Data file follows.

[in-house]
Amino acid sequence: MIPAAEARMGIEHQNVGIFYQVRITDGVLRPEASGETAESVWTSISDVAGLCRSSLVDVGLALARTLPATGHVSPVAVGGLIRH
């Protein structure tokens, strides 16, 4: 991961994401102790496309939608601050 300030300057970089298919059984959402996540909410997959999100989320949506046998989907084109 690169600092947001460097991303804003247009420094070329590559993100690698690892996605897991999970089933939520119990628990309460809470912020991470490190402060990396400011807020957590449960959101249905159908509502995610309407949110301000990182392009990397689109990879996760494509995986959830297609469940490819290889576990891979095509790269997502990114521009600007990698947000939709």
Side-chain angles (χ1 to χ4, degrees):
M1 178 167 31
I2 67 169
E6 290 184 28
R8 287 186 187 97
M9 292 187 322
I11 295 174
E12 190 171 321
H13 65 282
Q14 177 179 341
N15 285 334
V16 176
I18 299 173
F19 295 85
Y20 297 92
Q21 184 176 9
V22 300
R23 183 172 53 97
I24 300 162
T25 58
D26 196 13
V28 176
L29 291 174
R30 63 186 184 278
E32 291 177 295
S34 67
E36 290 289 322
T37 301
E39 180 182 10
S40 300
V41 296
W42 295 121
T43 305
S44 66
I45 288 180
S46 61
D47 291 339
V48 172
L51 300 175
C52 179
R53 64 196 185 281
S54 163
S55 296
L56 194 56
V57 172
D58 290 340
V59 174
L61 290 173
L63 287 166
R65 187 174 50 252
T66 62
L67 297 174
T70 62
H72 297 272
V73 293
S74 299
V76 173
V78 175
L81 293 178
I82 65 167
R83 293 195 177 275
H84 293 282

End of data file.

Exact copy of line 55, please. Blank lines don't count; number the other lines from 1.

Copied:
L67 297 174